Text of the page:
HE HOLY MARTYRS of North America were Jesuits who had their nails bitten off, their fingers sawn off, their tongues cut out, and were roasted (slowly) over fires for months. In spite of all that, their desire to suffer for JESUS CHRIST could not be satiated. In one incident, Father Isaac Jogues (d. 1646) knelt at the side of René Goupil, who was bleeding profusely from his wounds. “Dearest brother,” he said, “God has acted strangely toward us. But He is the Lord and the Master. What is good in His eyes, that He has done. As it has pleased Him, so be it. Blessed is His Holy Name forever.”
“God Has Acted Strangely” • In a certain sense, God has acted “strangely” in our day. Powerful clerics have attempted to forbid the Sacrifice of Calvary (!) from being celebrated inside a parish church. On the other hand, Canon Law (932 §1) stipulates: “The eucharistic celebration is to be carried out in a sacred place.” And yet, the following concert (see below) was allowed to take place in a church! Who can make sense of this?
A Different Type Of Jesuit • On 21 September 2023, composers Dan Schutte, Father Roc O’Connor (SJ), and Father Bob Dufford (SJ) joined together at Old Saint Patrick’s Church in Chicago for a concert called: “Sing to the Mountains!” The men stood in the Sanctuary of the church. A crowd of middle-aged and elderly people in the audience sang songs like Be Not Afraid, Sing to the Mountains, and Here I Am, Lord. Many consider those ditties to be a mixture of Broadway and folk—i.e. not suitable for Mass. Pictures from the event:
Palestrina Aghast! • Masters such as Palestrina (who died in the arms of Saint Philip Neri), Guerrero, Lassus, Byrd, Marenzio, Morales, Jacobus Händl, Zachariis, Bernabei, Nanino, Croce, Zoilo, Clemens Non Papa, Gabrieli, Josquin, Ingegneri, and Victoria wrote music of incomparable excellence for the sacred liturgy. Their compositions have never been surpassed. The purity of their melodies, the timelessness of their harmonies, and their utter command of counterpoint boggles the mind even today. Suppose you invented a time-machine to zip back to the 16th century. Suppose you showed them elderly men standing in the SANCTUARY playing secular instruments. What would they have thought?
The Bible • In the Gospel of Saint Matthew, we read: “Woe to the world because of scandals. For it must needs be that scandals come: but nevertheless woe to that man by whom the scandal cometh.” Perhaps we could do a better job shining the light on scandals. It seems like the same mistakes are made over and over again. For instance, my colleague ANDREA LEAL recently posted a video from a major Catholic publisher. I’m not going to repeat everything Andrea already said, but I would note the USCCB had previously given exclusive rights over the psalter to a private, non-Catholic company. Jeffrey Tucker of the CMAA found out about this and attempted to sound the alarm, but very few listened. (Dr. Jerry Galipeau was an exception, and it reflects well on him.) Recently, it was announced that ICEL has given exclusive rights (!) to sell the new LITURGY OF THE HOURS hymns to that same company! That company’s president declared on 30 September 2016:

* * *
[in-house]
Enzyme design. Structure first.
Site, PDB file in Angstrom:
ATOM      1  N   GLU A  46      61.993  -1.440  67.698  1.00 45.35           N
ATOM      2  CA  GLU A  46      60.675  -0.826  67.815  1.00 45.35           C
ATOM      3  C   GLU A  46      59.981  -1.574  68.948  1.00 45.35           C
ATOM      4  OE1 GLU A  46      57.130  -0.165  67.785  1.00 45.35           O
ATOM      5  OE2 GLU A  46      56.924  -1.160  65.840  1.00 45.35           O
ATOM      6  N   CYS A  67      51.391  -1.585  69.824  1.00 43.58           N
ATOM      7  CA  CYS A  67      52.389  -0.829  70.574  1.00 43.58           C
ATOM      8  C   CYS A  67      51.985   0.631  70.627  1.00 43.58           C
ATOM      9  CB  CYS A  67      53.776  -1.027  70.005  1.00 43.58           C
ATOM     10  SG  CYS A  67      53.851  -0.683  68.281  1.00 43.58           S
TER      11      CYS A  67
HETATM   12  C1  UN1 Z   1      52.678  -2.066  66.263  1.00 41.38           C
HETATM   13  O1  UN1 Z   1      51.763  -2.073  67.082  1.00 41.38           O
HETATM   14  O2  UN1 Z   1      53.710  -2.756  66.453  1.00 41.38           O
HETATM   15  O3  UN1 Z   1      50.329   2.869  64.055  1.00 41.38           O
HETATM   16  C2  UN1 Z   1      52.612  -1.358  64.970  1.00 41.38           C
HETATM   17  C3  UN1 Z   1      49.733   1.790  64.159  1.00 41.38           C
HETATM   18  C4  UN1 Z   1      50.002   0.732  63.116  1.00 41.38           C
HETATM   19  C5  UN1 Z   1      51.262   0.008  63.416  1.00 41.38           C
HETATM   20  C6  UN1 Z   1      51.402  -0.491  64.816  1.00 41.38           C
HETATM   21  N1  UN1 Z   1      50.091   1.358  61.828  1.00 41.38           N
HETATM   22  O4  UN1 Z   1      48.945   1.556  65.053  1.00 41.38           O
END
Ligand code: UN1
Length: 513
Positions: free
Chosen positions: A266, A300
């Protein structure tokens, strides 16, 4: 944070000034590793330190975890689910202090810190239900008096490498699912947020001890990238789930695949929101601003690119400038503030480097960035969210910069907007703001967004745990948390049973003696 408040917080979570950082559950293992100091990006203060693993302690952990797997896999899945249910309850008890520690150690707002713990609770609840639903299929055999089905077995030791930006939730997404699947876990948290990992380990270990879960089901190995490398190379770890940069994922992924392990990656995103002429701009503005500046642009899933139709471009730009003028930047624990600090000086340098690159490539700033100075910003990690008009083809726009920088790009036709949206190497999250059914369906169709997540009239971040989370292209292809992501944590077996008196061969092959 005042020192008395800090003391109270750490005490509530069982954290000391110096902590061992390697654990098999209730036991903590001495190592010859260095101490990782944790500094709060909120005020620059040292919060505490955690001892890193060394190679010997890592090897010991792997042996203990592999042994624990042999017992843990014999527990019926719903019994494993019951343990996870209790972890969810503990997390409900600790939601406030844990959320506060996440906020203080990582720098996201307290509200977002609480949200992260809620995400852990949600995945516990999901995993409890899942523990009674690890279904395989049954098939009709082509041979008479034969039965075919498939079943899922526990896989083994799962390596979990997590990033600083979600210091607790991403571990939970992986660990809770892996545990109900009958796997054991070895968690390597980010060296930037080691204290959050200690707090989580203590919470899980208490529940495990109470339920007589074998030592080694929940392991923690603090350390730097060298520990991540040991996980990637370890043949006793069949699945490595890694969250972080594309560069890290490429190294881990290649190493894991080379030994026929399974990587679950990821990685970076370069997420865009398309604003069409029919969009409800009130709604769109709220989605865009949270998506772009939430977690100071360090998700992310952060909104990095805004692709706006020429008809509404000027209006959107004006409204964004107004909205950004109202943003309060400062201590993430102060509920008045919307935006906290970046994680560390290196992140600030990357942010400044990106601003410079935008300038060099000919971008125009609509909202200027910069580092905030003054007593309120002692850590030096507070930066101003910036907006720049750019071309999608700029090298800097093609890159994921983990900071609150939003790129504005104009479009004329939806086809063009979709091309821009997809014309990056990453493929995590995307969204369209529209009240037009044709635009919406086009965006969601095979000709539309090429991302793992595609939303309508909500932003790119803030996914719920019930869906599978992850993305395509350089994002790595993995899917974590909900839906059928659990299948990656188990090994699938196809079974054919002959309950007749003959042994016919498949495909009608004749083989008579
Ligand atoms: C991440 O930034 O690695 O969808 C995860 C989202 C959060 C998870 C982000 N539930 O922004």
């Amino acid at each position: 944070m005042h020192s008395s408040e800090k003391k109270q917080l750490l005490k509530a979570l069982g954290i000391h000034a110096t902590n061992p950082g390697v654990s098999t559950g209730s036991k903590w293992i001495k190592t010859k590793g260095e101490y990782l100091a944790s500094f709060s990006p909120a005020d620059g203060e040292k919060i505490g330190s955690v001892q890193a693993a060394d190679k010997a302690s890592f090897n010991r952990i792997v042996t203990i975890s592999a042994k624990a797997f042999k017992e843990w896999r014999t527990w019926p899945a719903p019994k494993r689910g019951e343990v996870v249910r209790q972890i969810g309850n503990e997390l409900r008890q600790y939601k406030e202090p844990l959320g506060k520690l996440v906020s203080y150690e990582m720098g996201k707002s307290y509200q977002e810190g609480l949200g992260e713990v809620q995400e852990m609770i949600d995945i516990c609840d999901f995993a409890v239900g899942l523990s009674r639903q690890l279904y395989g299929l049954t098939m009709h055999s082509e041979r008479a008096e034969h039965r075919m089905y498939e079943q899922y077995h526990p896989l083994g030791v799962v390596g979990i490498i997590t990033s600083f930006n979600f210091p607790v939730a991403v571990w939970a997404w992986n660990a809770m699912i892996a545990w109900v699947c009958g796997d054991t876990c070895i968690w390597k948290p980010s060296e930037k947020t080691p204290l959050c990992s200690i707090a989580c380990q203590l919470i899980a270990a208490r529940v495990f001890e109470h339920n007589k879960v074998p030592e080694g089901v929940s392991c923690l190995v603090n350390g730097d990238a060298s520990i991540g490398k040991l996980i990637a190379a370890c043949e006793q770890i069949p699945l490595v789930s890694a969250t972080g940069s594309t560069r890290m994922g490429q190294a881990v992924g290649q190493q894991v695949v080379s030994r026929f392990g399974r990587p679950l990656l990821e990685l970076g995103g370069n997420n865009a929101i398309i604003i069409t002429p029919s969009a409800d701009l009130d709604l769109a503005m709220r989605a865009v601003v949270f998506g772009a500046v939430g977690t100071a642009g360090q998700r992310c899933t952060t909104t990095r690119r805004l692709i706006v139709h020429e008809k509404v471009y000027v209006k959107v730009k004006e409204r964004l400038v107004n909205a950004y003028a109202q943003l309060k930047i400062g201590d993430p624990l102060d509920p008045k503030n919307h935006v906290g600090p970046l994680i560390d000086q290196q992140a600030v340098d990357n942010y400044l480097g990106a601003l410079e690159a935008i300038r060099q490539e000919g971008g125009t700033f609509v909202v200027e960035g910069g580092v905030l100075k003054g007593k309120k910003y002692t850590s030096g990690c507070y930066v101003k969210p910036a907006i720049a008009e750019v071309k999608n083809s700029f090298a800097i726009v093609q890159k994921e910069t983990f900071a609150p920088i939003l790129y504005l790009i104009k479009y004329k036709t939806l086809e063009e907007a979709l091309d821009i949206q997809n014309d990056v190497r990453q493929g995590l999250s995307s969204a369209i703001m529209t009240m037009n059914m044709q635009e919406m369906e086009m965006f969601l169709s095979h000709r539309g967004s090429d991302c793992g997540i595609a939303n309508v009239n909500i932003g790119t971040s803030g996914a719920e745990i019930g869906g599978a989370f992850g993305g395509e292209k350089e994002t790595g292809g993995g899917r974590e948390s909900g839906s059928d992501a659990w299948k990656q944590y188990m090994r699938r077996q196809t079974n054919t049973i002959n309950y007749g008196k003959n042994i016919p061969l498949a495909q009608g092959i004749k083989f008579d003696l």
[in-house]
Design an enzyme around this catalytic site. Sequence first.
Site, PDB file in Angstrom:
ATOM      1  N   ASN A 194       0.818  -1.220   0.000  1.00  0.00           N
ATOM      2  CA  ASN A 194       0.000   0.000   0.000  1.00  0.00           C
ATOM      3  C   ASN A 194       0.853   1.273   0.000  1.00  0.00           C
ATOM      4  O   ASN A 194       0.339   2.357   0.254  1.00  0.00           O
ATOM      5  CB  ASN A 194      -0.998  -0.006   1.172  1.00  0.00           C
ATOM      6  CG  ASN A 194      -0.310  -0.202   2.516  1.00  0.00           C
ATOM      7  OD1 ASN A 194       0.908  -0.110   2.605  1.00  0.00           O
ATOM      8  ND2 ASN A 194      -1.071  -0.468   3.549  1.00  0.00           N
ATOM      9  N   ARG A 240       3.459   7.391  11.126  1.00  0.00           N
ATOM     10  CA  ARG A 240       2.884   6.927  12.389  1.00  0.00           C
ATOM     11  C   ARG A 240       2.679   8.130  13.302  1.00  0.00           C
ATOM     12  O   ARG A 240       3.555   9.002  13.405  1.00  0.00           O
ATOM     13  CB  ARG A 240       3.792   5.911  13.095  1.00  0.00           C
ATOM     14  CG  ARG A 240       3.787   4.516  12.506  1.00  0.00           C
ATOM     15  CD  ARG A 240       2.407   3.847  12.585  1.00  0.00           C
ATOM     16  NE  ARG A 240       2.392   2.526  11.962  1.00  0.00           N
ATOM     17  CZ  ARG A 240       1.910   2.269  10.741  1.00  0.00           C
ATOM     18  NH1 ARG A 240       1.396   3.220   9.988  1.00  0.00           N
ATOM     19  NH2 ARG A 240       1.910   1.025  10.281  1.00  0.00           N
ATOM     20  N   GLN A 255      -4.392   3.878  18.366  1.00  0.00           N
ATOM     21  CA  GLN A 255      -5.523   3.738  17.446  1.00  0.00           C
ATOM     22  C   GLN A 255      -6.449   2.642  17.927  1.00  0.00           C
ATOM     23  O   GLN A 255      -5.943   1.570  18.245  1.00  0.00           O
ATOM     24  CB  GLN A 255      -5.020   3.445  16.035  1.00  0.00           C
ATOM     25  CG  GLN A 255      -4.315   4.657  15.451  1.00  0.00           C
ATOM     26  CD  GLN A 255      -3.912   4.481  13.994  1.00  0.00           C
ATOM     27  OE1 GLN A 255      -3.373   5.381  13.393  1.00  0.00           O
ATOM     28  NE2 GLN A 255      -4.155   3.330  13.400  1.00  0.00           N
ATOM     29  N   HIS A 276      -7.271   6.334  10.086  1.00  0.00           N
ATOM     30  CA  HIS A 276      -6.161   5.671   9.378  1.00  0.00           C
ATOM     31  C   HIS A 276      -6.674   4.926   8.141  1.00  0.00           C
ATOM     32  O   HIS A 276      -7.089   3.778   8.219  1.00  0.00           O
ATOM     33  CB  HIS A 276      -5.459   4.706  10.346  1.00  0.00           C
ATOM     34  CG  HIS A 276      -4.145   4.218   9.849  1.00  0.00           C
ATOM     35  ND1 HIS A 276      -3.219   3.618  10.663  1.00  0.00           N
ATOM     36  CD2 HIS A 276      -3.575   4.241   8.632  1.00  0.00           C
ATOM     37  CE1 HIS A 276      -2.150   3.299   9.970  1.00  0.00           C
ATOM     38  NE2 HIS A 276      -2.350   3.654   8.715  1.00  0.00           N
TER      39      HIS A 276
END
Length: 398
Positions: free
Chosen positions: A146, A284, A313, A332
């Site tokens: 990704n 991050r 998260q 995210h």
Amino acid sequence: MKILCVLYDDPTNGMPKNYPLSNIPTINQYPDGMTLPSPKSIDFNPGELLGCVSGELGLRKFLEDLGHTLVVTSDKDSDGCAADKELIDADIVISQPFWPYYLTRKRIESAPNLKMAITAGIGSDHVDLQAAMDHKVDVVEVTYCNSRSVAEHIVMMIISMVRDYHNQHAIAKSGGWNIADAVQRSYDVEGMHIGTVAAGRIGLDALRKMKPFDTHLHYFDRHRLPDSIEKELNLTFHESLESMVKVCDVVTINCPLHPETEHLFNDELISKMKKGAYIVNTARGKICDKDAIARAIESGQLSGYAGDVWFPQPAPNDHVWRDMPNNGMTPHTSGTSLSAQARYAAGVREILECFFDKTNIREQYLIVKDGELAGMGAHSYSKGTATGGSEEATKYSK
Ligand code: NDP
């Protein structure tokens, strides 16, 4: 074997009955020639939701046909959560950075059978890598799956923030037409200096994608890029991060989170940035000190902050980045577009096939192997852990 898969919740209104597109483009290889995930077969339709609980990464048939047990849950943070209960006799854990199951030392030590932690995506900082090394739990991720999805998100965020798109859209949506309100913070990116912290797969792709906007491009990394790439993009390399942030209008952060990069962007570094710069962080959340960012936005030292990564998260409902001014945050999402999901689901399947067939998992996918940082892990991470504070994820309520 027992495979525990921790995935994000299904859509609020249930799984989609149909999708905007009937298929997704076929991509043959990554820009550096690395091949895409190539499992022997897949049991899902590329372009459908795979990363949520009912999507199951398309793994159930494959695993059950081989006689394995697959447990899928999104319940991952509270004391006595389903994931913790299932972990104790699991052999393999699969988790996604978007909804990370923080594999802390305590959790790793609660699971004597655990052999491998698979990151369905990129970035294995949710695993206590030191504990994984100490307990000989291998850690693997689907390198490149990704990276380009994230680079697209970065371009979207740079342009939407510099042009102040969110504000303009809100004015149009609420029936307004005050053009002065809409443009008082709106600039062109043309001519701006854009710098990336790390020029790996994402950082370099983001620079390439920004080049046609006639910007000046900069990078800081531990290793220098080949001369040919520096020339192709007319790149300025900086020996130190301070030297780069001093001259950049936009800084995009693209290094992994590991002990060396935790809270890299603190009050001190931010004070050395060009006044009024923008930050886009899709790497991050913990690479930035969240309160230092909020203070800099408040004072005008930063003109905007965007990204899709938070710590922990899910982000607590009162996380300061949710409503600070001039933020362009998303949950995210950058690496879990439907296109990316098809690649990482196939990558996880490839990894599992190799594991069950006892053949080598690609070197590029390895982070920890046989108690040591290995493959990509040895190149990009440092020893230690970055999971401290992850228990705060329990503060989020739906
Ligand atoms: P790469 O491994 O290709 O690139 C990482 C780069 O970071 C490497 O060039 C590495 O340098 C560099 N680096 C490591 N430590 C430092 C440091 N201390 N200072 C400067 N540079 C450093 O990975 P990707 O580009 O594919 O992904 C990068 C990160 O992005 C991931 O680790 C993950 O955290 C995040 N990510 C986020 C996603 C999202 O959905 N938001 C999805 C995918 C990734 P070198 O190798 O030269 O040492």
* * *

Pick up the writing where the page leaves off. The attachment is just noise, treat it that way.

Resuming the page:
“I’ve had the honor to work with these three wonderful people [Marty Haugen, Michael Joncas, and David Haas] for more than 30 years, and I can’t overestimate the profound impact that they’ve all had for me personally, for everyone at GIA Publications, and for the worshiping church at large.”
Déjà Vu • Why was that non-Catholic company given exclusive rights to sell (!) the hymns of the LITURGY OF THE HOURS? Do we really want a company that has been “profoundly impacted” by David Haas “for more than 30 years” to have exclusive rights to sell prayers that Catholic priests are required to say each day?
Signs Of Hope • Some claim that efforts to strangle and persecute Catholics desirous of traditional worship and orthodox teachings demonstrate that certain clerics in power deeply fear the groundswell. Si habuerítis fidem sicut granum sinápis, dicétis monti huic: Transi hinc illuc, et transibit, et nihil impossíbile erit vobis. Let’s pray that our leaders respond to what Pope Saint John Paul II called the “legitimate aspirations” of the People of God. Young Catholics especially appreciate and love the MISSALE VETUSTUM. Indeed, I didn’t see a single young person in any of the pictures of their audience. Not a single one. Am I wrong?